J.Kalani English

Lawmakers Ponder Glass Door Mystery At State Capitol

Senators Questioning Installation Of New Enclosure On Second Floor

KITV News 4
January 19, 2012

Catherine Cruz KITV4 News Reporter

HONOLULU -- New glass doors installed at the state capitol over the holidays have lawmakers and capitol visitors wondering why.

The hallways were busy at Wednesday's opening of the legislative session, but on one end of the second floor, people were met with a new enclosure. Many were asking the same question: What's up with the doors?

Sen. Kalani English has his office on one end of the hallway. He prefers to leave his doors open to make visitors feel welcomed, as well as because of the uneven air-conditioning system.

"This is a very old building. It's an energy dinosaur and our air-conditioning is central, so my inner office is literally freezing cold. The outer office is very hot," said English.

On the other end of the hallway is Sen. Sam Slom's office.

"I suspect some contractor is doing pretty well," said Slom.

Like English, Slom prefers to keep his door open.

He was told the new doors were part of an experiment to cut energy costs and to protect documents in the Ways and Means offices, but Slom points out the doors don't lock.

"We should encourage more people to come down to the capitol to get involved. Anytime you put any kind of obstacle in their way time it limits the number of people," Slom said. Slom has questions about accessibility for the disabled.

Sen. Ron Kouchi questioned if the state obtained special permits to do the job. The capitol is on both the state and federal register of historic properties. Others wondered since there are lots of open doors at the capitol, could there be more glass doors coming?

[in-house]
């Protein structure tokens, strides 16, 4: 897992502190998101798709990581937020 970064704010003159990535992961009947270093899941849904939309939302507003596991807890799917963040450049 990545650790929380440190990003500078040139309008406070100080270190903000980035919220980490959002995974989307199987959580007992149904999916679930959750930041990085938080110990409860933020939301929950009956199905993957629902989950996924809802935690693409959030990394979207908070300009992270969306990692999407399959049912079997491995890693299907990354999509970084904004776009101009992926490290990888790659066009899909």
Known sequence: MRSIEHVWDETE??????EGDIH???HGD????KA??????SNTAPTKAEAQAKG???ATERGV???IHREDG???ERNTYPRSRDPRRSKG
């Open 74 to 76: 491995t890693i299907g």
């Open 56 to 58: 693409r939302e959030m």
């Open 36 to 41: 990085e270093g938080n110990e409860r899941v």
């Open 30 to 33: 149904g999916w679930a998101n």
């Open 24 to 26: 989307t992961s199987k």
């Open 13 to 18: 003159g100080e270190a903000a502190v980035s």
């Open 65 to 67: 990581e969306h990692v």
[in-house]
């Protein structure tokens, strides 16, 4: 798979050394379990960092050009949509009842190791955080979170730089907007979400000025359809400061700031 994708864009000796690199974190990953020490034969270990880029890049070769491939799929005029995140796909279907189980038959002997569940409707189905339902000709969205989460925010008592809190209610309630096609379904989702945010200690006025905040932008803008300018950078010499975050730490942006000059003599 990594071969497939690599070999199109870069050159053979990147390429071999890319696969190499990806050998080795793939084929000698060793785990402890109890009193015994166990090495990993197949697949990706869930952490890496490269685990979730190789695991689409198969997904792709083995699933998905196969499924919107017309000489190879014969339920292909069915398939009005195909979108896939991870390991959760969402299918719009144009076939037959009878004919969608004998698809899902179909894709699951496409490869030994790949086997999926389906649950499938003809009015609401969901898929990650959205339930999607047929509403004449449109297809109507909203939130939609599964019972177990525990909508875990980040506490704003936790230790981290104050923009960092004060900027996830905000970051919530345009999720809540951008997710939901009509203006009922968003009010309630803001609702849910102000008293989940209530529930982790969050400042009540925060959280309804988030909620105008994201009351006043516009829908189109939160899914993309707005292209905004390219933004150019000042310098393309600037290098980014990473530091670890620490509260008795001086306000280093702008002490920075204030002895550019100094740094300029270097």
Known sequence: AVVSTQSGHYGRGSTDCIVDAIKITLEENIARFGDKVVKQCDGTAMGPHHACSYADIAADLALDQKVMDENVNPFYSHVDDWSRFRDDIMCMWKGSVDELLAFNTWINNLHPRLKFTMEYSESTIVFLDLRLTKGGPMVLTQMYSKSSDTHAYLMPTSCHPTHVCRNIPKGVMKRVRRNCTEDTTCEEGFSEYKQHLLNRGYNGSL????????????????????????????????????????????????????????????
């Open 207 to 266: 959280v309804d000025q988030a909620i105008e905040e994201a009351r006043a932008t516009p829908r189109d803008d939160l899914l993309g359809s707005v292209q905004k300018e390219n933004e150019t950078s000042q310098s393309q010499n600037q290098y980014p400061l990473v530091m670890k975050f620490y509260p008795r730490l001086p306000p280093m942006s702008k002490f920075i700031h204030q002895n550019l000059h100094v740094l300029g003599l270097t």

"I came in one day and there was a door. I was surprised," said Sen. Clarence Nishihara.

Nishihara believes the doors were to help with a problem with mold and mildew that was particularly bad several years ago.

"It was a constant problem, so it was recommended to us by the Department of Accounting and General Services that we should keep our doors closed so that would lower that growth of the mold and all of that," said Nishihara.

Ernest Lau of the Department of Accounting and General Services said the doors are part of a pilot project. The original plan called for doors to help enclose the house, senate and department offices in the capitol building. Lau said the enclosure has drawn lots of negative comments.

"We will survey lawmakers in the next two weeks to decide if we will modify the doorway to make it more accessible by adding an automatic button, or if we should scrap the project entirely," said Lau. The two doors cost $27,000 to install.

Original article URL: http://www.kitv.com/news/30256510/detail.html

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